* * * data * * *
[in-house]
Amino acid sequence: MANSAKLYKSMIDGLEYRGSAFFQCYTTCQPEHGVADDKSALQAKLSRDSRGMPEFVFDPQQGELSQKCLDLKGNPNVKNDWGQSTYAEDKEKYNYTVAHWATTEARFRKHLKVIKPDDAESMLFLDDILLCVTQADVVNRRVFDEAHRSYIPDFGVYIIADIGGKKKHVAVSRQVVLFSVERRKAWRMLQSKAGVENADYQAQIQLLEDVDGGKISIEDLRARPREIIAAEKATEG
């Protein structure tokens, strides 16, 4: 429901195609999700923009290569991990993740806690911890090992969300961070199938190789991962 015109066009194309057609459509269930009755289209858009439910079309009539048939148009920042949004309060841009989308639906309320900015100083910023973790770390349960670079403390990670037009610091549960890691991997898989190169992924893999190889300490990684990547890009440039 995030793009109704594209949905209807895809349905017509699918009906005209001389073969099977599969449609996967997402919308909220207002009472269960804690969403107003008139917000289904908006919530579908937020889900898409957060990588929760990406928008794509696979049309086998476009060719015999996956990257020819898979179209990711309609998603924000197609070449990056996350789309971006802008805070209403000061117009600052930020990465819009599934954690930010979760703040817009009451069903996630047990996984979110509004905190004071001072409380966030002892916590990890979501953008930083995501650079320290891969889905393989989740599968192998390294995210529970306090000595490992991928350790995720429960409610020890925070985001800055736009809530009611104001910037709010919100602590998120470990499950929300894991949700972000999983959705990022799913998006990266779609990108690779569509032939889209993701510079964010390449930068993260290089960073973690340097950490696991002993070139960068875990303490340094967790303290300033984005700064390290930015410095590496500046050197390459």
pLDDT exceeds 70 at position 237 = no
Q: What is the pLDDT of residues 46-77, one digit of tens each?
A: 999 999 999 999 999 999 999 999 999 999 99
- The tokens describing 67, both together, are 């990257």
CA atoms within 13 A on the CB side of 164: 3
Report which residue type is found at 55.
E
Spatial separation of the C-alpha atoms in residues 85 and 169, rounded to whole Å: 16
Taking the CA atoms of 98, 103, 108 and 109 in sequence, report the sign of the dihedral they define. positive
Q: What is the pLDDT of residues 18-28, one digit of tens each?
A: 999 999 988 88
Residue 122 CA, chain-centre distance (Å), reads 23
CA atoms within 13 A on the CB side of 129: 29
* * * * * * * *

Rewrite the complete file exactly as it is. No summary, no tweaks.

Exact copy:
[in-house]
Amino acid sequence: MANSAKLYKSMIDGLEYRGSAFFQCYTTCQPEHGVADDKSALQAKLSRDSRGMPEFVFDPQQGELSQKCLDLKGNPNVKNDWGQSTYAEDKEKYNYTVAHWATTEARFRKHLKVIKPDDAESMLFLDDILLCVTQADVVNRRVFDEAHRSYIPDFGVYIIADIGGKKKHVAVSRQVVLFSVERRKAWRMLQSKAGVENADYQAQIQLLEDVDGGKISIEDLRARPREIIAAEKATEG
């Protein structure tokens, strides 16, 4: 429901195609999700923009290569991990993740806690911890090992969300961070199938190789991962 015109066009194309057609459509269930009755289209858009439910079309009539048939148009920042949004309060841009989308639906309320900015100083910023973790770390349960670079403390990670037009610091549960890691991997898989190169992924893999190889300490990684990547890009440039 995030793009109704594209949905209807895809349905017509699918009906005209001389073969099977599969449609996967997402919308909220207002009472269960804690969403107003008139917000289904908006919530579908937020889900898409957060990588929760990406928008794509696979049309086998476009060719015999996956990257020819898979179209990711309609998603924000197609070449990056996350789309971006802008805070209403000061117009600052930020990465819009599934954690930010979760703040817009009451069903996630047990996984979110509004905190004071001072409380966030002892916590990890979501953008930083995501650079320290891969889905393989989740599968192998390294995210529970306090000595490992991928350790995720429960409610020890925070985001800055736009809530009611104001910037709010919100602590998120470990499950929300894991949700972000999983959705990022799913998006990266779609990108690779569509032939889209993701510079964010390449930068993260290089960073973690340097950490696991002993070139960068875990303490340094967790303290300033984005700064390290930015410095590496500046050197390459």
pLDDT exceeds 70 at position 237 = no
Q: What is the pLDDT of residues 46-77, one digit of tens each?
A: 999 999 999 999 999 999 999 999 999 999 99
- The tokens describing 67, both together, are 């990257």
CA atoms within 13 A on the CB side of 164: 3
Report which residue type is found at 55.
E
Spatial separation of the C-alpha atoms in residues 85 and 169, rounded to whole Å: 16
Taking the CA atoms of 98, 103, 108 and 109 in sequence, report the sign of the dihedral they define. positive
Q: What is the pLDDT of residues 18-28, one digit of tens each?
A: 999 999 988 88
Residue 122 CA, chain-centre distance (Å), reads 23
CA atoms within 13 A on the CB side of 129: 29